Poliovirus Pathogenesis

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Pathogenesis In 99% of poliovirus infections, alpha and beta interferons limit replication of the poliovirus in nonneural tissues, which causes the infection to end (Racaniello, 2005). There are 1-2% of poliovirus infections where the interferons do not work as well, and the virus spreads to extraneural sites and then to the central nervous system causing poliomyelitis (Racaniello, 2005). Infection with poliovirus causes the inhibition of host cap-dependent translation, DNA- dependent RNA synthesis, cellular protein secretion of cytokines and antigen presentation, nuclear export, and the suppression of the nuclear factor kappa-light-chain-enhancer of activated B cells (Racaniello, 2005). Paralysis of the legs due to an infection of…show more content…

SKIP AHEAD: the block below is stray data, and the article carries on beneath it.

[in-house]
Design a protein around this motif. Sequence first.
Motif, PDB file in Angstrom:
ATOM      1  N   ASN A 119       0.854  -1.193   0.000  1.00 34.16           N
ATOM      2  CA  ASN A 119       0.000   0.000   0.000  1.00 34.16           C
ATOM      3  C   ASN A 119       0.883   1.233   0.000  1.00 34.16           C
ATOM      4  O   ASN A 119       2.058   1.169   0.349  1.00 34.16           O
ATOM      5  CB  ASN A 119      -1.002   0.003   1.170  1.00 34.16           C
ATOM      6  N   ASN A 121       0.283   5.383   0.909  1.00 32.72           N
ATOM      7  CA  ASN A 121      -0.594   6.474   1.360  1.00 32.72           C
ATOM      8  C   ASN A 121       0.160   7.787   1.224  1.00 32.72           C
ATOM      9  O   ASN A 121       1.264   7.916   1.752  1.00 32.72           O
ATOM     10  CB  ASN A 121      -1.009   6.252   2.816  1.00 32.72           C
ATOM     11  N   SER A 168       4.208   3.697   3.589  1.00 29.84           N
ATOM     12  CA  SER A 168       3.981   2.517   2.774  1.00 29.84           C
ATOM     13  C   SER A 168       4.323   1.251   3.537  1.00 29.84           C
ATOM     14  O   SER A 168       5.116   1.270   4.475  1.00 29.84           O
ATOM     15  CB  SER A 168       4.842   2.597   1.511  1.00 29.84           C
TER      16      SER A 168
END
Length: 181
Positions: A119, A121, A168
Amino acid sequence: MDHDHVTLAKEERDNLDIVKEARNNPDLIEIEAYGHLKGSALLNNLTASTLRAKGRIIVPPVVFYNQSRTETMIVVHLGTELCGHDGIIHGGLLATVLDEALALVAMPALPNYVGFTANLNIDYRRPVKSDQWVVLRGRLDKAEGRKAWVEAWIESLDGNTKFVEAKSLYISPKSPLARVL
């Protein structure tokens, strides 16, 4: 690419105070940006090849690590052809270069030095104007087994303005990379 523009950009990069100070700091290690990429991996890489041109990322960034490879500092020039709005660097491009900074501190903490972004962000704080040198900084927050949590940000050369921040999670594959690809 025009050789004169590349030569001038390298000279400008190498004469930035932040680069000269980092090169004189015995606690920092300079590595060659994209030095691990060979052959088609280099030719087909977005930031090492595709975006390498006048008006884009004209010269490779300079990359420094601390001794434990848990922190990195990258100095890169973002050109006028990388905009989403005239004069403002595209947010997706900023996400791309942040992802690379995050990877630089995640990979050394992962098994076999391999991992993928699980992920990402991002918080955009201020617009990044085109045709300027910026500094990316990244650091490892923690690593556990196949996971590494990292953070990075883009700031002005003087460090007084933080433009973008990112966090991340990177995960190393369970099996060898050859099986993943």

Viral replication in the spinal cord is what leads to muscle paralysis and poliomyelitis (Racaniello, 2005). Old world monkeys and chimpanzees can be experimentally infected, and humans are the natural hosts for poliovirus, because these species have suitable environments and receptors for the survival of poliovirus, but other species such as mice do not have suitable environments for poliovirus unless the mice have been experimentally altered to express CD155 (Racaniello, 2005). Some strains of the poliovirus have been able to replicate in mice due to a process of adaptation, and some strains of the virus are naturally virulent in the mice (Racaniello, 2005). Scientists were able to substitute a six amino acid sequence of the P1/Mahoney strain, which is in the VP1 capsid protein and located near the CD155 binding site, with the corresponding sequence in P2/Lansing strain (Racaniello, 2005). This caused the mice to have neurovirulence to the poliovirus (Racaniello, 2005). In humans, they have taken samples of tonsillopharyngeal tissue, the wall of the ileum and mesenteric lymph nodes and been able to isolate poliovirus from each of the samples, but even with the removal of the tonsils and adenoids there continues to be a multiplication of the poliovirus in the throat (Racaniello, 2005). CD155 RNA is produced in high levels in human epithelial cells, and CD155 protein is
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